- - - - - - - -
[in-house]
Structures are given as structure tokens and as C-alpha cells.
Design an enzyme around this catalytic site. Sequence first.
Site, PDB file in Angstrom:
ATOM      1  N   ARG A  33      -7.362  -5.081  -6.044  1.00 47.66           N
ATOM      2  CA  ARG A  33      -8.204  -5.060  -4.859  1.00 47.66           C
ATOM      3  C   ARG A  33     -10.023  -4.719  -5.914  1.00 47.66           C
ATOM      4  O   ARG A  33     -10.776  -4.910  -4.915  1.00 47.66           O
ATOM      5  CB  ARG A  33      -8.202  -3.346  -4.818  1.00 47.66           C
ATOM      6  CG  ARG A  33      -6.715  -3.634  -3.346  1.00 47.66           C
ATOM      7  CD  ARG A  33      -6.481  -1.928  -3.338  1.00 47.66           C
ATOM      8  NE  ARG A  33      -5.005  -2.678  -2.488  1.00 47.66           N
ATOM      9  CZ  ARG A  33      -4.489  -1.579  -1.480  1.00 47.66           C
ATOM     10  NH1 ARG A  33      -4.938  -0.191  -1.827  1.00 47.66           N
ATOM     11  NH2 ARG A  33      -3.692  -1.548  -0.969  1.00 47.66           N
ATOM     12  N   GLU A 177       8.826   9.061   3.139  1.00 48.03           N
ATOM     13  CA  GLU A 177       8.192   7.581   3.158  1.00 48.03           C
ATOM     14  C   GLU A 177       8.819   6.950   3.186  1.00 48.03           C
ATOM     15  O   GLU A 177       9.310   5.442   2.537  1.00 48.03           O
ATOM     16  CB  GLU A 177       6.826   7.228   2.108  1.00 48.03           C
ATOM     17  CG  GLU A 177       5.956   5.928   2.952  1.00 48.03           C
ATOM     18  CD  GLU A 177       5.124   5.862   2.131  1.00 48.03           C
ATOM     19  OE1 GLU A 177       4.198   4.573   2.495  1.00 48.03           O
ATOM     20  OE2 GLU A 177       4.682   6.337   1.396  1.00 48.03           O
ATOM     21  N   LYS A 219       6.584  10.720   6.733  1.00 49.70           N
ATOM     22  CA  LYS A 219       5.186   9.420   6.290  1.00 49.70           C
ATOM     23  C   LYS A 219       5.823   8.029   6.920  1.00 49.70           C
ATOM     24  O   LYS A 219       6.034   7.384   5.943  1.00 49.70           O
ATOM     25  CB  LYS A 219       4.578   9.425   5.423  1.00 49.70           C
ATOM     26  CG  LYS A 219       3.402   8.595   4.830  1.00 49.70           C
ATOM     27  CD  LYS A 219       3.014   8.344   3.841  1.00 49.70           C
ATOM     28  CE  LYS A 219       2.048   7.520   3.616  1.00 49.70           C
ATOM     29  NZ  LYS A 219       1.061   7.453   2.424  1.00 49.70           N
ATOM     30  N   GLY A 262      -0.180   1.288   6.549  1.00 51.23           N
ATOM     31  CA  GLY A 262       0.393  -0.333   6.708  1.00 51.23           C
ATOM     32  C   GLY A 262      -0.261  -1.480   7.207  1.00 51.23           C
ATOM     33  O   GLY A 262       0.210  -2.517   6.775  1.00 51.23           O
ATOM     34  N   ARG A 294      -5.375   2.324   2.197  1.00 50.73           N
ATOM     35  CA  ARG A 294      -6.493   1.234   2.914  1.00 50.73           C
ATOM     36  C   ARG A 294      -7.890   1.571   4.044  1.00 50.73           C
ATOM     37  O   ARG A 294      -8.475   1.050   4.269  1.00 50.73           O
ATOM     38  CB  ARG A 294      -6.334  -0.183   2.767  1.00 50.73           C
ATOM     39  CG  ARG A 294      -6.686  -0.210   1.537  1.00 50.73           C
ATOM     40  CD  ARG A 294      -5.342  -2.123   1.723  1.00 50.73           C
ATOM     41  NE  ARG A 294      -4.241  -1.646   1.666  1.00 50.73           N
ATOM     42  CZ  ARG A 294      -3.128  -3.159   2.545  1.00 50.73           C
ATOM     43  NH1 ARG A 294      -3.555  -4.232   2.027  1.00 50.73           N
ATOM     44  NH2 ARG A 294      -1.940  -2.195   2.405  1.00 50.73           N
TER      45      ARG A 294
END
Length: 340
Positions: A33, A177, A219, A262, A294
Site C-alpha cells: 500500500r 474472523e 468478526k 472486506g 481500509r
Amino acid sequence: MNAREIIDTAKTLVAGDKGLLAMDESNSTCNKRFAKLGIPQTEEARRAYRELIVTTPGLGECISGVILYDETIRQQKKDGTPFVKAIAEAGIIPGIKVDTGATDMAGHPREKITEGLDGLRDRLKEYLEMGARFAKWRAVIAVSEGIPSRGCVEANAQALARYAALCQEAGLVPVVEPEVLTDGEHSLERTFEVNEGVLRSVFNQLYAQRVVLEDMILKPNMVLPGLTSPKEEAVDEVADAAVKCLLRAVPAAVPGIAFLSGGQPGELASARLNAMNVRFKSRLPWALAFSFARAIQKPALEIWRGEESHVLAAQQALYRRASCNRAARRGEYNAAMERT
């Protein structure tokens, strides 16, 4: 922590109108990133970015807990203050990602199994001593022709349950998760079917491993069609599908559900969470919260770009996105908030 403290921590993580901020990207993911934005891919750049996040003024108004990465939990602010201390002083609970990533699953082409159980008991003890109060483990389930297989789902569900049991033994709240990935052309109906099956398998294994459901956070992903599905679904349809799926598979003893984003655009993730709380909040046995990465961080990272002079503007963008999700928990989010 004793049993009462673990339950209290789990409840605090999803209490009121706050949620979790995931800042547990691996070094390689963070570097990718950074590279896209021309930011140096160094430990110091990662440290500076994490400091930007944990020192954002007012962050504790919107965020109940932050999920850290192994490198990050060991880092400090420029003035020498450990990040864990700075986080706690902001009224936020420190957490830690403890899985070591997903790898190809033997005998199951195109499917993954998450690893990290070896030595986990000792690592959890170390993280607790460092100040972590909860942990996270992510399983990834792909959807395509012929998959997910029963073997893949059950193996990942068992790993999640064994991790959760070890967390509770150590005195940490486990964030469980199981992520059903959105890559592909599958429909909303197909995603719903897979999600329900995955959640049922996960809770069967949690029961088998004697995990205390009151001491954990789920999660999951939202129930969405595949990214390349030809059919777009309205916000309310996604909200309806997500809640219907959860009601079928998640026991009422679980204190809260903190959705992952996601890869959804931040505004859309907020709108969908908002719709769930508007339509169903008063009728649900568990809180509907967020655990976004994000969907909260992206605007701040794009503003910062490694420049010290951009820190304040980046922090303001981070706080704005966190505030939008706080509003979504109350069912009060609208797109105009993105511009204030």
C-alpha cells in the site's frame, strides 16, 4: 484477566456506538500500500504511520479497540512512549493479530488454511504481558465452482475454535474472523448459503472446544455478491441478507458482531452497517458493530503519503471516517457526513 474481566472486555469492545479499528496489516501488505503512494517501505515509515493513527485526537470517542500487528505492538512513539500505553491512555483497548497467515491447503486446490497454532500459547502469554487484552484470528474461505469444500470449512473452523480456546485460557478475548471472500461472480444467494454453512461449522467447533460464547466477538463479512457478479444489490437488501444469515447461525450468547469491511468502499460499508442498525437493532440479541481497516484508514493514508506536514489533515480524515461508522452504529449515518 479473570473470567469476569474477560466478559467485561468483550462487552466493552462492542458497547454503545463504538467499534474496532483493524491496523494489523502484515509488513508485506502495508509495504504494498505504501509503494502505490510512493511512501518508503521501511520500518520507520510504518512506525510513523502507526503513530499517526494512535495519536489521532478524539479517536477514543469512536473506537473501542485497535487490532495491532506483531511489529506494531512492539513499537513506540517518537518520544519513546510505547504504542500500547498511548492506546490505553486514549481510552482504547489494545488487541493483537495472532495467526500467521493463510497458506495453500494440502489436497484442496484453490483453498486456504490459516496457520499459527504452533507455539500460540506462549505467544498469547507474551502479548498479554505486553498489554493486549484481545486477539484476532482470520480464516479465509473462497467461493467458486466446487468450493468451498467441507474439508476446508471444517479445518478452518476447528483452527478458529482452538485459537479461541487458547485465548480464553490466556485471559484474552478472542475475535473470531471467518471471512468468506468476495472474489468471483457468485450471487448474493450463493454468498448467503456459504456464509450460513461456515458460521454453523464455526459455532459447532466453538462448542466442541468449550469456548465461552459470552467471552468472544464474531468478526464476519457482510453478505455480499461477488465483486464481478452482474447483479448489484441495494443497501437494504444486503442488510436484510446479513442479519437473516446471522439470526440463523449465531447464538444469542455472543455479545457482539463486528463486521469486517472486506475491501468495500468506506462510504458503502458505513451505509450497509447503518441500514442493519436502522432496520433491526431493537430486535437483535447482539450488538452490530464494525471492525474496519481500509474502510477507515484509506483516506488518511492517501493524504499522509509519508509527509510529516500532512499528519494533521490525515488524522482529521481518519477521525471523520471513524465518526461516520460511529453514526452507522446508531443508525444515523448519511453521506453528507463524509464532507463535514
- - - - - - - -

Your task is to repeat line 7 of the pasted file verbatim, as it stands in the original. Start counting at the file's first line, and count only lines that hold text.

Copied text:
ATOM      3  C   ARG A  33     -10.023  -4.719  -5.914  1.00 47.66           C